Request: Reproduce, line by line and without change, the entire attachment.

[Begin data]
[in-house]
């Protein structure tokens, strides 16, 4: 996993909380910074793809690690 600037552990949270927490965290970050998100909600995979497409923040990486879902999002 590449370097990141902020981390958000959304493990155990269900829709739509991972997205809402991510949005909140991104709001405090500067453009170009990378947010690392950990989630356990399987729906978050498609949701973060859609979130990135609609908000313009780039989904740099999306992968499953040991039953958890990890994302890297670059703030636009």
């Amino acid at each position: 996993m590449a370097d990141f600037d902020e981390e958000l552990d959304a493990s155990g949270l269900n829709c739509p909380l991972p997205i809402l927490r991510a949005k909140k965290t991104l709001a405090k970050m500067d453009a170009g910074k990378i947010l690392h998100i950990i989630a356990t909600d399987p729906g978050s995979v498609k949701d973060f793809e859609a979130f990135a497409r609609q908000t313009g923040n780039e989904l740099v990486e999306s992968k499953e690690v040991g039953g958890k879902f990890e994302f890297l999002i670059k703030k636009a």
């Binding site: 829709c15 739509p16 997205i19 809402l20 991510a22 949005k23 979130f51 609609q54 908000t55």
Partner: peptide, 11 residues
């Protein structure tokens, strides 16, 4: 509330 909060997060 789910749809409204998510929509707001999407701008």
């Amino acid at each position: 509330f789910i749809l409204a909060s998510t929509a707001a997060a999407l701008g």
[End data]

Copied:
[in-house]
């Protein structure tokens, strides 16, 4: 996993909380910074793809690690 600037552990949270927490965290970050998100909600995979497409923040990486879902999002 590449370097990141902020981390958000959304493990155990269900829709739509991972997205809402991510949005909140991104709001405090500067453009170009990378947010690392950990989630356990399987729906978050498609949701973060859609979130990135609609908000313009780039989904740099999306992968499953040991039953958890990890994302890297670059703030636009």
């Amino acid at each position: 996993m590449a370097d990141f600037d902020e981390e958000l552990d959304a493990s155990g949270l269900n829709c739509p909380l991972p997205i809402l927490r991510a949005k909140k965290t991104l709001a405090k970050m500067d453009a170009g910074k990378i947010l690392h998100i950990i989630a356990t909600d399987p729906g978050s995979v498609k949701d973060f793809e859609a979130f990135a497409r609609q908000t313009g923040n780039e989904l740099v990486e999306s992968k499953e690690v040991g039953g958890k879902f990890e994302f890297l999002i670059k703030k636009a």
């Binding site: 829709c15 739509p16 997205i19 809402l20 991510a22 949005k23 979130f51 609609q54 908000t55």
Partner: peptide, 11 residues
């Protein structure tokens, strides 16, 4: 509330 909060997060 789910749809409204998510929509707001999407701008």
């Amino acid at each position: 509330f789910i749809l409204a909060s998510t929509a707001a997060a999407l701008g």